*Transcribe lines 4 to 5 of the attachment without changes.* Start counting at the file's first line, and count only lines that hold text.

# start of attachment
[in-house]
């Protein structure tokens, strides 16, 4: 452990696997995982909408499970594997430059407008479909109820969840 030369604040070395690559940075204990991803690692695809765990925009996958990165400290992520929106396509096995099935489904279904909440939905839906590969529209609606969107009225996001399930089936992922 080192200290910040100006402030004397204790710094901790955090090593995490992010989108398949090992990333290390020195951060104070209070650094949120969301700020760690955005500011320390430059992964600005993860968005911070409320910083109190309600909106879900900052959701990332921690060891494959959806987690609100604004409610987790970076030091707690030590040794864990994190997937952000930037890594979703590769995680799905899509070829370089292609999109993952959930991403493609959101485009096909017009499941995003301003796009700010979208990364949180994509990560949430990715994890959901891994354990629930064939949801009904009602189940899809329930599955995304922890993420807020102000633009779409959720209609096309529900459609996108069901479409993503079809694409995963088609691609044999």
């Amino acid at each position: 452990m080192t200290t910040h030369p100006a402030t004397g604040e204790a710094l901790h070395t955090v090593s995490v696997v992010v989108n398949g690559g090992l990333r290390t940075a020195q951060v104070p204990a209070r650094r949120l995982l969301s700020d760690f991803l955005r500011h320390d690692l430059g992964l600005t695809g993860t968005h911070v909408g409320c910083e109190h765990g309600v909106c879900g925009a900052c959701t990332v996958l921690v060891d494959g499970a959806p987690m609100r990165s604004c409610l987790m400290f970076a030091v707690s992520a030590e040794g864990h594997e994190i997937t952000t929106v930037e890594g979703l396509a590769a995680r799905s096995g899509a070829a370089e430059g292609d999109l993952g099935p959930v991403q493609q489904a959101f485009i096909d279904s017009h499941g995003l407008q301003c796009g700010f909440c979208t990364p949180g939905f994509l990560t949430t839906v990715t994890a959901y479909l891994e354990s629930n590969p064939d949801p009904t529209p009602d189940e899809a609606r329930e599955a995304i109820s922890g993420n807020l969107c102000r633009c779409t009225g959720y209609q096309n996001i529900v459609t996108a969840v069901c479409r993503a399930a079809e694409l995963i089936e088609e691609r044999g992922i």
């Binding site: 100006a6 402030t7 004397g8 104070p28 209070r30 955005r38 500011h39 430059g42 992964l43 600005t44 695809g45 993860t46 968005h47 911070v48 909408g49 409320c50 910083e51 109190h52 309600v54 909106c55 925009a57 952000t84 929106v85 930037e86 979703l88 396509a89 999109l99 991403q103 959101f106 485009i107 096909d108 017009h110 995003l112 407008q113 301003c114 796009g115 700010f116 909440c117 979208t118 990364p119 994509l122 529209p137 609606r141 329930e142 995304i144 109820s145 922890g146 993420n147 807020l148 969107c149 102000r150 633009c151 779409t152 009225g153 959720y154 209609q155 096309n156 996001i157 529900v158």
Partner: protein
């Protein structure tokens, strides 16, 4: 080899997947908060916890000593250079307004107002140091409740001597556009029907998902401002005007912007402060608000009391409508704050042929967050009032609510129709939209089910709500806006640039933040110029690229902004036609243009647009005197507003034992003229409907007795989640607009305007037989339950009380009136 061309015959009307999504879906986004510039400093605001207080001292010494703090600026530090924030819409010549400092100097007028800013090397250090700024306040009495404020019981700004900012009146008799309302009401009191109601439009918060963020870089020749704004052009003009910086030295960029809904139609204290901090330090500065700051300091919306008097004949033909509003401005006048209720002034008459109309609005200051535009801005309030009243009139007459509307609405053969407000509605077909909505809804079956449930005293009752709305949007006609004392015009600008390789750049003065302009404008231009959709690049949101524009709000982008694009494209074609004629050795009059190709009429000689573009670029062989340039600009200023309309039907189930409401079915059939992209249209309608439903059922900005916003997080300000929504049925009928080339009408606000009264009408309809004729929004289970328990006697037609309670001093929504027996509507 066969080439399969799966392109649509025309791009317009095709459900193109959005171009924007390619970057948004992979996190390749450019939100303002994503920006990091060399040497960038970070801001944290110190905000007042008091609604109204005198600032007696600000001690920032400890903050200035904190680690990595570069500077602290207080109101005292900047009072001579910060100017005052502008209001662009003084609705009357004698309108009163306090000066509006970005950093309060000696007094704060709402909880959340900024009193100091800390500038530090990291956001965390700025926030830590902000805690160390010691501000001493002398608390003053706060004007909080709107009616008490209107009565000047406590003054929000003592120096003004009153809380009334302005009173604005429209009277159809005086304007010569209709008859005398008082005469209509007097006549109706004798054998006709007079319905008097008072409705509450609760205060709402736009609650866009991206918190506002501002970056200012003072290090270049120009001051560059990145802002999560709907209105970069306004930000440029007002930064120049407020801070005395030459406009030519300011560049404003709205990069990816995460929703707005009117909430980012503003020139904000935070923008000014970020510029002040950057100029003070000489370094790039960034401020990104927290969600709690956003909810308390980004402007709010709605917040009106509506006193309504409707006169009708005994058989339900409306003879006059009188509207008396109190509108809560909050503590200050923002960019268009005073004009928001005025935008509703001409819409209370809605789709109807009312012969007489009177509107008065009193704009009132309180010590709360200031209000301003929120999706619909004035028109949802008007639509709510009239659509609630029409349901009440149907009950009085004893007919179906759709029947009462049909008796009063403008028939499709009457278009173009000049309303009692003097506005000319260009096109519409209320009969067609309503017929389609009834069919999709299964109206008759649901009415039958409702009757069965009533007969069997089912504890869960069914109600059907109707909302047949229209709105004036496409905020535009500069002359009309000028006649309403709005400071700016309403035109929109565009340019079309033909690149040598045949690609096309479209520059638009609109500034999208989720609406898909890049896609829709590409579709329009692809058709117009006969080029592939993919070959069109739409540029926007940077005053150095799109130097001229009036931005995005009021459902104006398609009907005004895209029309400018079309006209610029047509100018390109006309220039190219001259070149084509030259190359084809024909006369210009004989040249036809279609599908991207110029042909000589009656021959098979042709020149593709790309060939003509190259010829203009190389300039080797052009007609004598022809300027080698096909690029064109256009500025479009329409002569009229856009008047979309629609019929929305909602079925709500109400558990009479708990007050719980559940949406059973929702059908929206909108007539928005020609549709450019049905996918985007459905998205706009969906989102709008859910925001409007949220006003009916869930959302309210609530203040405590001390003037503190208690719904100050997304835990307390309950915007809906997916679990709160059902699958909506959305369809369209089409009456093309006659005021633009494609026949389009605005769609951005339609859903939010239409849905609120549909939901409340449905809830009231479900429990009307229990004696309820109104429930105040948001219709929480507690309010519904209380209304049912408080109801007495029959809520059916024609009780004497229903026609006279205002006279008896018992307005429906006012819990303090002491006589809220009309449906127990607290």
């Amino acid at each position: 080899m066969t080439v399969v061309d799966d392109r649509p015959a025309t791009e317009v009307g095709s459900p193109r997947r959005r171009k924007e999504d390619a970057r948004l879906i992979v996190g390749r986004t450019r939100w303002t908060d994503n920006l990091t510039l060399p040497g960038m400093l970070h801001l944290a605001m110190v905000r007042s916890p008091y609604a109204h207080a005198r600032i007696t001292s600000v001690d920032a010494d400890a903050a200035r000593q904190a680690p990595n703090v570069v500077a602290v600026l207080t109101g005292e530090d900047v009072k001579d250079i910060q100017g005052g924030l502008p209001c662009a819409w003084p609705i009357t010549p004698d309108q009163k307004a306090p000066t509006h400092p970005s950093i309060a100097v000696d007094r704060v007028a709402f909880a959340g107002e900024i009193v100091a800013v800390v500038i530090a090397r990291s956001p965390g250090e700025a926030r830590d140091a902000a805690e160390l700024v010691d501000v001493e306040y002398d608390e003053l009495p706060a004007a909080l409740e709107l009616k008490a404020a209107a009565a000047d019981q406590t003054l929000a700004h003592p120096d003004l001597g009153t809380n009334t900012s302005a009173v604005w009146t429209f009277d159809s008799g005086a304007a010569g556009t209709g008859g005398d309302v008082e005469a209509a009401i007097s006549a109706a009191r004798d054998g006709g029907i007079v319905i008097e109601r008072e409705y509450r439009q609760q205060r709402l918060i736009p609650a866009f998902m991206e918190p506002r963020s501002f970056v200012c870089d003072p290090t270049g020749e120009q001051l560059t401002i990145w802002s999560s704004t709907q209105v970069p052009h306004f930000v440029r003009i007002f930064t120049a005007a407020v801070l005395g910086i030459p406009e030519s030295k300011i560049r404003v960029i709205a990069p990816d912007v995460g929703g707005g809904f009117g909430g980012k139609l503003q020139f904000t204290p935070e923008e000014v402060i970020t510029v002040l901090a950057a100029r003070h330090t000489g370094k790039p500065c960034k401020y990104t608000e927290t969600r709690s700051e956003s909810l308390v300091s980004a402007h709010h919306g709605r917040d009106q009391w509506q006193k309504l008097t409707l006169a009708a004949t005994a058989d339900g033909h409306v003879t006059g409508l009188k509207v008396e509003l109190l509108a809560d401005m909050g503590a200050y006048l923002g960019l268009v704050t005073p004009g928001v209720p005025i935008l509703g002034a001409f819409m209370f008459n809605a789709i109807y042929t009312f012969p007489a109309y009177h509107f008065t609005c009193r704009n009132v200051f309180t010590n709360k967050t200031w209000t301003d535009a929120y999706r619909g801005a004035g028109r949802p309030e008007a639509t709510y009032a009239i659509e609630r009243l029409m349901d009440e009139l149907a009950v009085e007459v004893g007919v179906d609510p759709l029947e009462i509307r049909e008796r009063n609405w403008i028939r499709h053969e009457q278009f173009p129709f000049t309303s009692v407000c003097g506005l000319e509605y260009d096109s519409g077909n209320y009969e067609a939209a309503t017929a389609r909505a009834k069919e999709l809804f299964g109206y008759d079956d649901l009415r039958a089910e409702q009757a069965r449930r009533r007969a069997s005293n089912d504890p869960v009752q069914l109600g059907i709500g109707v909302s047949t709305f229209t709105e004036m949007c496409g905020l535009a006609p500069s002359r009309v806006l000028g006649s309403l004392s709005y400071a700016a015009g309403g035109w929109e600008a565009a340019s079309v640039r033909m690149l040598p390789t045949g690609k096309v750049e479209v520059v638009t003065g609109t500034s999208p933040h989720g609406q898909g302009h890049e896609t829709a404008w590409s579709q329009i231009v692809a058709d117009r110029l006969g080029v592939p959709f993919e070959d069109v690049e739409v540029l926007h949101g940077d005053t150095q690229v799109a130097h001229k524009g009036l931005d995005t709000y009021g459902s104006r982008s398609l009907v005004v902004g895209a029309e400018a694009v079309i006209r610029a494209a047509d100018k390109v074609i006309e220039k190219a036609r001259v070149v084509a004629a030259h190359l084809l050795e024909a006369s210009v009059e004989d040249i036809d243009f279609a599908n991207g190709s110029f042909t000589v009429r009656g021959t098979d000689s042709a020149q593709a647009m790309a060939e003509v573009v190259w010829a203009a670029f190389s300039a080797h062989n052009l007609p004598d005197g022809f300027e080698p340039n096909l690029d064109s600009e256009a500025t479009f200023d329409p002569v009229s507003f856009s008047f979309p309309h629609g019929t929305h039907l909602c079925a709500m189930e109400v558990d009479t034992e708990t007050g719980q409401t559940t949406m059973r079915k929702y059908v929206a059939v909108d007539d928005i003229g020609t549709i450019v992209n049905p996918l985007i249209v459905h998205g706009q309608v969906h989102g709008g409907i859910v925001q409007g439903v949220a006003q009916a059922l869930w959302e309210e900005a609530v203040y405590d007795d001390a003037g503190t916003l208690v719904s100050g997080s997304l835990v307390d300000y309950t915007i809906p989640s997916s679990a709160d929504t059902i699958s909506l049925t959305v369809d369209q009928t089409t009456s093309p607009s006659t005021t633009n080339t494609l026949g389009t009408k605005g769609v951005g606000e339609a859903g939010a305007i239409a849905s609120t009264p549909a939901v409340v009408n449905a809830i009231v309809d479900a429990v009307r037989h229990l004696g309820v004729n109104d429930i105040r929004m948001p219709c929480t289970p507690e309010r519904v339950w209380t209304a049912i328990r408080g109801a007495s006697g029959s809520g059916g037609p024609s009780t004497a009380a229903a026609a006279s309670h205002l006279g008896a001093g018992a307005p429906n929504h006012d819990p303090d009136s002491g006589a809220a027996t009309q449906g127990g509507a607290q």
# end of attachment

């Binding site: 100006a6 402030t7 004397g8 104070p28 209070r30 955005r38 500011h39 430059g42 992964l43 600005t44 695809g45 993860t46 968005h47 911070v48 909408g49 409320c50 910083e51 109190h52 309600v54 909106c55 925009a57 952000t84 929106v85 930037e86 979703l88 396509a89 999109l99 991403q103 959101f106 485009i107 096909d108 017009h110 995003l112 407008q113 301003c114 796009g115 700010f116 909440c117 979208t118 990364p119 994509l122 529209p137 609606r141 329930e142 995304i144 109820s145 922890g146 993420n147 807020l148 969107c149 102000r150 633009c151 779409t152 009225g153 959720y154 209609q155 096309n156 996001i157 529900v158």
Partner: protein